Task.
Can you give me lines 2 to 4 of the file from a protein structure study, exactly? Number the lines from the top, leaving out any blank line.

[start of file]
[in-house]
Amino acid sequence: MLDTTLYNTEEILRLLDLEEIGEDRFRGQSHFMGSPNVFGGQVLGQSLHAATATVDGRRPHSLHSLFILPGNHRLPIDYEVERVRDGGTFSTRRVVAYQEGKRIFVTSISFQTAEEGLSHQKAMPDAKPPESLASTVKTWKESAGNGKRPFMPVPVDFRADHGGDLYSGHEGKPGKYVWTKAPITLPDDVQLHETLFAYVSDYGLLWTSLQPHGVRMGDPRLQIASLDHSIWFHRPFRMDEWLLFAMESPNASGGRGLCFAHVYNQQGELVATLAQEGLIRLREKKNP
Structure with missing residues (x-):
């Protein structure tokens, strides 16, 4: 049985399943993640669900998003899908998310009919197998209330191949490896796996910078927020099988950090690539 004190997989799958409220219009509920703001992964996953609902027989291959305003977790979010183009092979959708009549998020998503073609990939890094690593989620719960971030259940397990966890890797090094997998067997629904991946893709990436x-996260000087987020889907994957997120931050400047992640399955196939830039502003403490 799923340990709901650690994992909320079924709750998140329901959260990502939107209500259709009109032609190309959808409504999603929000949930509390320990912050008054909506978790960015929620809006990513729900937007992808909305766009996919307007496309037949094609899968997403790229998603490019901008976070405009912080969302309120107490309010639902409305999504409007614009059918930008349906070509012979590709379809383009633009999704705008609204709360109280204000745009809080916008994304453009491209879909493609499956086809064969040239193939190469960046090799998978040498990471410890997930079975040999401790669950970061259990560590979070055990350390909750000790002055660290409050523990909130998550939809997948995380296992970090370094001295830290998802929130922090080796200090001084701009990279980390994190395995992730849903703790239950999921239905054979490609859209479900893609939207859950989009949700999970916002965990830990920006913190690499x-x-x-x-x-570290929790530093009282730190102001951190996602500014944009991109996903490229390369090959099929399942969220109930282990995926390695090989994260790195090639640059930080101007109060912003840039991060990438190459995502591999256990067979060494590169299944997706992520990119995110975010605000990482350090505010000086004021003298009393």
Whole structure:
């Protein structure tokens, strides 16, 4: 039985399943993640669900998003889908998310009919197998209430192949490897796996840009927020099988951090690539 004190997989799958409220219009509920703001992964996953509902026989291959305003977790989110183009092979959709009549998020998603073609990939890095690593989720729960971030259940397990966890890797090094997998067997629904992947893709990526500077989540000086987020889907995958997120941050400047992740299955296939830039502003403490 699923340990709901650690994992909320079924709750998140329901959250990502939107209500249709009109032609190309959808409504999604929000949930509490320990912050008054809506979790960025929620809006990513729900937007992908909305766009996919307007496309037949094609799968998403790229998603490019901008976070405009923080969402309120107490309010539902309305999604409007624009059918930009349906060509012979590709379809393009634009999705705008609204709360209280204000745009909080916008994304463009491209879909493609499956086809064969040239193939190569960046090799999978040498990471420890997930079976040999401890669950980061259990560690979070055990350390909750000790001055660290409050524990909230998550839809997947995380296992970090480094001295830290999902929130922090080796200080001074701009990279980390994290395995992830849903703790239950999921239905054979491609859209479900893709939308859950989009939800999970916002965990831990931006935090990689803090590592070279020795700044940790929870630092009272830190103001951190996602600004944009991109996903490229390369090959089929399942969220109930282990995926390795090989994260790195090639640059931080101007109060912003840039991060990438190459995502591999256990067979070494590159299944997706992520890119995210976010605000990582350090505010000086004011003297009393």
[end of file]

Amino acid sequence: MLDTTLYNTEEILRLLDLEEIGEDRFRGQSHFMGSPNVFGGQVLGQSLHAATATVDGRRPHSLHSLFILPGNHRLPIDYEVERVRDGGTFSTRRVVAYQEGKRIFVTSISFQTAEEGLSHQKAMPDAKPPESLASTVKTWKESAGNGKRPFMPVPVDFRADHGGDLYSGHEGKPGKYVWTKAPITLPDDVQLHETLFAYVSDYGLLWTSLQPHGVRMGDPRLQIASLDHSIWFHRPFRMDEWLLFAMESPNASGGRGLCFAHVYNQQGELVATLAQEGLIRLREKKNP
Structure with missing residues (x-):
């Protein structure tokens, strides 16, 4: 049985399943993640669900998003899908998310009919197998209330191949490896796996910078927020099988950090690539 004190997989799958409220219009509920703001992964996953609902027989291959305003977790979010183009092979959708009549998020998503073609990939890094690593989620719960971030259940397990966890890797090094997998067997629904991946893709990436x-996260000087987020889907994957997120931050400047992640399955196939830039502003403490 799923340990709901650690994992909320079924709750998140329901959260990502939107209500259709009109032609190309959808409504999603929000949930509390320990912050008054909506978790960015929620809006990513729900937007992808909305766009996919307007496309037949094609899968997403790229998603490019901008976070405009912080969302309120107490309010639902409305999504409007614009059918930008349906070509012979590709379809383009633009999704705008609204709360109280204000745009809080916008994304453009491209879909493609499956086809064969040239193939190469960046090799998978040498990471410890997930079975040999401790669950970061259990560590979070055990350390909750000790002055660290409050523990909130998550939809997948995380296992970090370094001295830290998802929130922090080796200090001084701009990279980390994190395995992730849903703790239950999921239905054979490609859209479900893609939207859950989009949700999970916002965990830990920006913190690499x-x-x-x-x-570290929790530093009282730190102001951190996602500014944009991109996903490229390369090959099929399942969220109930282990995926390695090989994260790195090639640059930080101007109060912003840039991060990438190459995502591999256990067979060494590169299944997706992520990119995110975010605000990482350090505010000086004021003298009393």